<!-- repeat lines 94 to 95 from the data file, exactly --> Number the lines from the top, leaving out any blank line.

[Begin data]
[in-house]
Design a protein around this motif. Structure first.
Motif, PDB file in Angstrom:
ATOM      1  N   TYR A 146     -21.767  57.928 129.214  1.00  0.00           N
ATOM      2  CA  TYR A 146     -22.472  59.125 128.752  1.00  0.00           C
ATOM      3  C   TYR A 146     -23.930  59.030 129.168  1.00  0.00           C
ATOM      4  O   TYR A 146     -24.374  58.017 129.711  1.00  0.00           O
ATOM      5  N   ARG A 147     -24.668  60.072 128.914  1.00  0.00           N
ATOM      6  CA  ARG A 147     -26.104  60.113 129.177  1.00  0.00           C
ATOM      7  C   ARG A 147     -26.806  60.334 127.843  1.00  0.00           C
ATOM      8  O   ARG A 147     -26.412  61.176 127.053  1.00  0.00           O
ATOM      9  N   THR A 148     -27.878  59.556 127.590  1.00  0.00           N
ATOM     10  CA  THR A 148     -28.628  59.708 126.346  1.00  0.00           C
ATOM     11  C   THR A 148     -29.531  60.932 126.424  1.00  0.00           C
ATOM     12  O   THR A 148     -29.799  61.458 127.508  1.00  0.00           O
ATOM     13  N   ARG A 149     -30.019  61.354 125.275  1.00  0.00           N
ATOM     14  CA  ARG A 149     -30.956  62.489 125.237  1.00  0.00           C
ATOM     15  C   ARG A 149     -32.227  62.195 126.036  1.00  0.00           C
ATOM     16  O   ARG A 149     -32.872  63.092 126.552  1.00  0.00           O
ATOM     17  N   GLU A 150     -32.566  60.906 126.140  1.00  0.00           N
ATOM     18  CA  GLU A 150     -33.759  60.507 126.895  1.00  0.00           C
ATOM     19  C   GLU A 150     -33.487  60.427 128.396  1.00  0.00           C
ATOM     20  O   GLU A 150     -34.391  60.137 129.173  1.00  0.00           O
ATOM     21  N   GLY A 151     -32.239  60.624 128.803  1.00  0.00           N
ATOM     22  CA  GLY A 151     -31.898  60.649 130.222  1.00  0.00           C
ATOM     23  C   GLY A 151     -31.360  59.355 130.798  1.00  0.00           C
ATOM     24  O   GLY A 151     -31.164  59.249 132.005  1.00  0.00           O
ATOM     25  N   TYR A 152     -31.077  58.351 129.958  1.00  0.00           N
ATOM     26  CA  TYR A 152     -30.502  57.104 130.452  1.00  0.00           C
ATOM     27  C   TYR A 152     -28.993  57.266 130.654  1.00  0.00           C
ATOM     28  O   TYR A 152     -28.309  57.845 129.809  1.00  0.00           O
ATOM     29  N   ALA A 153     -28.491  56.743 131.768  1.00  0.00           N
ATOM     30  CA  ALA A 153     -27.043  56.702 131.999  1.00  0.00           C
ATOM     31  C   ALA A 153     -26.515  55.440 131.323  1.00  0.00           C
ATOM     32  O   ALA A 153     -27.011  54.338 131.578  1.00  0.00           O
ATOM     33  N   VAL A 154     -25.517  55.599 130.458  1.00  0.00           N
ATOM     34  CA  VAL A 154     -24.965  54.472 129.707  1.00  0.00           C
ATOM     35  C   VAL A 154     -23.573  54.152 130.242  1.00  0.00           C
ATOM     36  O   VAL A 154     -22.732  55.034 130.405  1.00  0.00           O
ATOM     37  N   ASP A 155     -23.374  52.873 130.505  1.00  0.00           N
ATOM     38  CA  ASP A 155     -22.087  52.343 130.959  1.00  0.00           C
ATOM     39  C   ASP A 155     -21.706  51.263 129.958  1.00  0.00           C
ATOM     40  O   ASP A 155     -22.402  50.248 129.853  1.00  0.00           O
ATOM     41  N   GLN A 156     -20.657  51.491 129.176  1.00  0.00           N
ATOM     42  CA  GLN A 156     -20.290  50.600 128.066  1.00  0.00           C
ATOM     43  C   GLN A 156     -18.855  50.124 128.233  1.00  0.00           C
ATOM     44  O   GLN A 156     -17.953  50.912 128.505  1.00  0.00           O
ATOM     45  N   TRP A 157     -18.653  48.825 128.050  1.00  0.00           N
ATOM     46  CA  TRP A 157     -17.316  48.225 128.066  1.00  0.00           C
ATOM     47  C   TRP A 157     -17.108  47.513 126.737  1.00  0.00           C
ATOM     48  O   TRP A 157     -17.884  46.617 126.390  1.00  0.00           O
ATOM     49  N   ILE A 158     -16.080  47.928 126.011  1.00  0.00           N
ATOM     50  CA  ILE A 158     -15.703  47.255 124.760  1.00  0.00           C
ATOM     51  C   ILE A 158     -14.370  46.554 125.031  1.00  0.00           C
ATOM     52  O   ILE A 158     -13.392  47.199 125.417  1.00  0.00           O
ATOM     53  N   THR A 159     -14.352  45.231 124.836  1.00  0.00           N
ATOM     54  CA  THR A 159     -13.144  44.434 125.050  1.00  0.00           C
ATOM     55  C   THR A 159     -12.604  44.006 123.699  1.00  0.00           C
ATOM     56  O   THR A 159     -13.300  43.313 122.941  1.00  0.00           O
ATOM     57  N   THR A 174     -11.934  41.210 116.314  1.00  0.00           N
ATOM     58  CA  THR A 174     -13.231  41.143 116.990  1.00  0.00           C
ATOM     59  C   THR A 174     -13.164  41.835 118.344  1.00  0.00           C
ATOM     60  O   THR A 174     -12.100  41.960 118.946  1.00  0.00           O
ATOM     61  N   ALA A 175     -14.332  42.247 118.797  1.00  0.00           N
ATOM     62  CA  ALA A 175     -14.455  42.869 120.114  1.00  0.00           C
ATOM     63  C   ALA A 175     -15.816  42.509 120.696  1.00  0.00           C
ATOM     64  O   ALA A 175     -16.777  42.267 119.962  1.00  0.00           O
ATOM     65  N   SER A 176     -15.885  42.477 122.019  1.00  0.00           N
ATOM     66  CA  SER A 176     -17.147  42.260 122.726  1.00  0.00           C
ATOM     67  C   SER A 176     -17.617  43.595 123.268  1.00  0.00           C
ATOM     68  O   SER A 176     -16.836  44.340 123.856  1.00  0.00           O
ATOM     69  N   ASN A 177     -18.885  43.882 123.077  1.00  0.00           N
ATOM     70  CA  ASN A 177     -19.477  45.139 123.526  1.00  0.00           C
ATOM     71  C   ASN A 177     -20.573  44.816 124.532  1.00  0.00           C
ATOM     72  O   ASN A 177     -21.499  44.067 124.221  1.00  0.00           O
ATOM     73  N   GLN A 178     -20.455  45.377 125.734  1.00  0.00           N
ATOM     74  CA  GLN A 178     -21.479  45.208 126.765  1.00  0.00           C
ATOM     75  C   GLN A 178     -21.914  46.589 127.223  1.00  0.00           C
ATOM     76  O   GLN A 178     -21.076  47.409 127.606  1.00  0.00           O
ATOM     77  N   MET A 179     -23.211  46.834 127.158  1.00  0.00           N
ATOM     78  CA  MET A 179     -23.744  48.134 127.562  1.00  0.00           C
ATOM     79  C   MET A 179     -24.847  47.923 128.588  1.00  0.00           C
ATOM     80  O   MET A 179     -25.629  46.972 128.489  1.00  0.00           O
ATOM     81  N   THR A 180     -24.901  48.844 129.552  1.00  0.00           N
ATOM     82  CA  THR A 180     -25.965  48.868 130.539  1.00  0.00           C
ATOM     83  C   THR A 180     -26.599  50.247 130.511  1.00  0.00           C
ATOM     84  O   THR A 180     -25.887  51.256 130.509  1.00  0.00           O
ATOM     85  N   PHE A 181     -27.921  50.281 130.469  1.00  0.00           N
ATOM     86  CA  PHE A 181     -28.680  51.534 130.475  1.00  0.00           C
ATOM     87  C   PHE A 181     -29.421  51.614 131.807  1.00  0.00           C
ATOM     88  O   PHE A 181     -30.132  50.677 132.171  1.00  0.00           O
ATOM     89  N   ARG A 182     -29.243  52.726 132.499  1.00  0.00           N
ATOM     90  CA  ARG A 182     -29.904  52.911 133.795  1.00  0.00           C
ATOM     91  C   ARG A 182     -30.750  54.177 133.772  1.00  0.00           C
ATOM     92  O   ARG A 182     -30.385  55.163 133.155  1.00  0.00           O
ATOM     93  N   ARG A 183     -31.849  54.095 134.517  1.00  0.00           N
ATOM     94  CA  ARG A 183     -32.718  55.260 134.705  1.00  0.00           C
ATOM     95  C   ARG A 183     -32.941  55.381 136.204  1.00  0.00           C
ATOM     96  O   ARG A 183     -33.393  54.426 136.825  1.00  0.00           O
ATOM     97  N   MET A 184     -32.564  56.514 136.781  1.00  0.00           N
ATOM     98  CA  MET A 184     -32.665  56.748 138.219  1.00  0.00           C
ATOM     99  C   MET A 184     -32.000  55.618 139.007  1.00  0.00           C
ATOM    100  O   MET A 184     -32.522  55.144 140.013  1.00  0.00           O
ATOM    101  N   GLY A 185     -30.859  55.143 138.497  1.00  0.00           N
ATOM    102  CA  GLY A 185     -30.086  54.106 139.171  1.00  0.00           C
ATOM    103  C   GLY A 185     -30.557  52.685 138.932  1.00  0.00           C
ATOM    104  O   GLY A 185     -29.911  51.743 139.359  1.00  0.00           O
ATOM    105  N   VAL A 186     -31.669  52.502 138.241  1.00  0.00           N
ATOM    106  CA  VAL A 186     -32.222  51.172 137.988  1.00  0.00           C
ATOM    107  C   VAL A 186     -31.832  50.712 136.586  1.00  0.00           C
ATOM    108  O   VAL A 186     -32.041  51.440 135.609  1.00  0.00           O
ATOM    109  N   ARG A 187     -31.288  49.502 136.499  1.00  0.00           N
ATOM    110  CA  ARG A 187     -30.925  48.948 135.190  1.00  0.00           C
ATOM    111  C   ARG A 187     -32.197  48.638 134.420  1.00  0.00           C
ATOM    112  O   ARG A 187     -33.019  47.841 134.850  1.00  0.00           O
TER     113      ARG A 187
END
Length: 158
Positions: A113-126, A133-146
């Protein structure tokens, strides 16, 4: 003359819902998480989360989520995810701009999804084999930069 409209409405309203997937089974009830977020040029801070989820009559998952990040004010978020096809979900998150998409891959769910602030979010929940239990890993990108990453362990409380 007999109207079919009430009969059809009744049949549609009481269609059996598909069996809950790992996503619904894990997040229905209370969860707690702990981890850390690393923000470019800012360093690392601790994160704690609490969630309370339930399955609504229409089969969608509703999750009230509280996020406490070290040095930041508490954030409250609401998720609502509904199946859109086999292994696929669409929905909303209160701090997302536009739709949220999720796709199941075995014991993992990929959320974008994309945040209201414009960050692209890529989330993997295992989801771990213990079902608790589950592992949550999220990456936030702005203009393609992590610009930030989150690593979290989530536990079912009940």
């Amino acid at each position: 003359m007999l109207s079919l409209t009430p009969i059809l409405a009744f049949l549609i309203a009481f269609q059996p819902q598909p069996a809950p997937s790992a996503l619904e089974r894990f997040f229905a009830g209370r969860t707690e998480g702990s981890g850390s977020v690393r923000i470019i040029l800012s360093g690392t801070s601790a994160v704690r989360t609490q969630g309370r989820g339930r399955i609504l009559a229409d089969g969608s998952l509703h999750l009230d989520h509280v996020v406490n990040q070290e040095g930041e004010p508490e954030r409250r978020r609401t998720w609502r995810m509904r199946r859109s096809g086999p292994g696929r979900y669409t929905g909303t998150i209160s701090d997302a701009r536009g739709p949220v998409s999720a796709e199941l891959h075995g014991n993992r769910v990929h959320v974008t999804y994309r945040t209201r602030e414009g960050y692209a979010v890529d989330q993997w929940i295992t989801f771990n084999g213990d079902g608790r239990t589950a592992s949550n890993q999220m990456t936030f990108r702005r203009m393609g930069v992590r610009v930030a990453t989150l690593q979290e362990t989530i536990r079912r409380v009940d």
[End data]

ATOM     91  C   ARG A 182     -30.750  54.177 133.772  1.00  0.00           C
ATOM     92  O   ARG A 182     -30.385  55.163 133.155  1.00  0.00           O